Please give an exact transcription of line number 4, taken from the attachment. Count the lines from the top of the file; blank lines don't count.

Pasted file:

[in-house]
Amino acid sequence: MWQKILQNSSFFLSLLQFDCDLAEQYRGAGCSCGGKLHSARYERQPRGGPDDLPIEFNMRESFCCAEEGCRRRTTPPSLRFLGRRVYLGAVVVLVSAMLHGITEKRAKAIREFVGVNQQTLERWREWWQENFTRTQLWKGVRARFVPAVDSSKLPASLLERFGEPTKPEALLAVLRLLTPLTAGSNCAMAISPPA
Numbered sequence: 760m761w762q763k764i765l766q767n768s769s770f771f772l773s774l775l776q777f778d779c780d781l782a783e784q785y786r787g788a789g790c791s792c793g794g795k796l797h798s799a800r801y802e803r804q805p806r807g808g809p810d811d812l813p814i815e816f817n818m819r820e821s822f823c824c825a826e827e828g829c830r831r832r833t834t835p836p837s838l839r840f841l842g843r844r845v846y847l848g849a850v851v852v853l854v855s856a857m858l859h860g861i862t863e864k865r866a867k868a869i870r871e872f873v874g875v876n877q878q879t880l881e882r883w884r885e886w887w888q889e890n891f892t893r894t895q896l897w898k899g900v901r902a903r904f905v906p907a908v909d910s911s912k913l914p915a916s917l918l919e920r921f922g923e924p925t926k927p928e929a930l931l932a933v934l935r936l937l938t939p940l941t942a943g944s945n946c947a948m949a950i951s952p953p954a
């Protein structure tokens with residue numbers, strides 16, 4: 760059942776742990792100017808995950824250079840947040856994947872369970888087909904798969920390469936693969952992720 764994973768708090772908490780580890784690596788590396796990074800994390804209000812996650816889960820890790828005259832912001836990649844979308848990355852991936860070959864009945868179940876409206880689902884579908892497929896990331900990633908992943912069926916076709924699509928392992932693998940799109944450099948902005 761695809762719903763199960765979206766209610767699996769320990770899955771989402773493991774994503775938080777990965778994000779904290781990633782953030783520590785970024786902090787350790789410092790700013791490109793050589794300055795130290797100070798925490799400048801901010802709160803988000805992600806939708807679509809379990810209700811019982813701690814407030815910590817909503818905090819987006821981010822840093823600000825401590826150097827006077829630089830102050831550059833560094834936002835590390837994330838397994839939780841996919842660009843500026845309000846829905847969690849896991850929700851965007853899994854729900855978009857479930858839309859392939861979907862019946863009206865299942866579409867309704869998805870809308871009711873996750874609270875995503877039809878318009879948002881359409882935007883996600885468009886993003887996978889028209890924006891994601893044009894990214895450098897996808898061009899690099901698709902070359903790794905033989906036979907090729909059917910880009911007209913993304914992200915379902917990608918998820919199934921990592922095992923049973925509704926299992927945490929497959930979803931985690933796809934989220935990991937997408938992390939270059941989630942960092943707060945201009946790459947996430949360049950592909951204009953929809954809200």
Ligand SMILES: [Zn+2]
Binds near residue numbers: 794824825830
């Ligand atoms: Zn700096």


């Protein structure tokens with residue numbers, strides 16, 4: 760059942776742990792100017808995950824250079840947040856994947872369970888087909904798969920390469936693969952992720 764994973768708090772908490780580890784690596788590396796990074800994390804209000812996650816889960820890790828005259832912001836990649844979308848990355852991936860070959864009945868179940876409206880689902884579908892497929896990331900990633908992943912069926916076709924699509928392992932693998940799109944450099948902005 761695809762719903763199960765979206766209610767699996769320990770899955771989402773493991774994503775938080777990965778994000779904290781990633782953030783520590785970024786902090787350790789410092790700013791490109793050589794300055795130290797100070798925490799400048801901010802709160803988000805992600806939708807679509809379990810209700811019982813701690814407030815910590817909503818905090819987006821981010822840093823600000825401590826150097827006077829630089830102050831550059833560094834936002835590390837994330838397994839939780841996919842660009843500026845309000846829905847969690849896991850929700851965007853899994854729900855978009857479930858839309859392939861979907862019946863009206865299942866579409867309704869998805870809308871009711873996750874609270875995503877039809878318009879948002881359409882935007883996600885468009886993003887996978889028209890924006891994601893044009894990214895450098897996808898061009899690099901698709902070359903790794905033989906036979907090729909059917910880009911007209913993304914992200915379902917990608918998820919199934921990592922095992923049973925509704926299992927945490929497959930979803931985690933796809934989220935990991937997408938992390939270059941989630942960092943707060945201009946790459947996430949360049950592909951204009953929809954809200």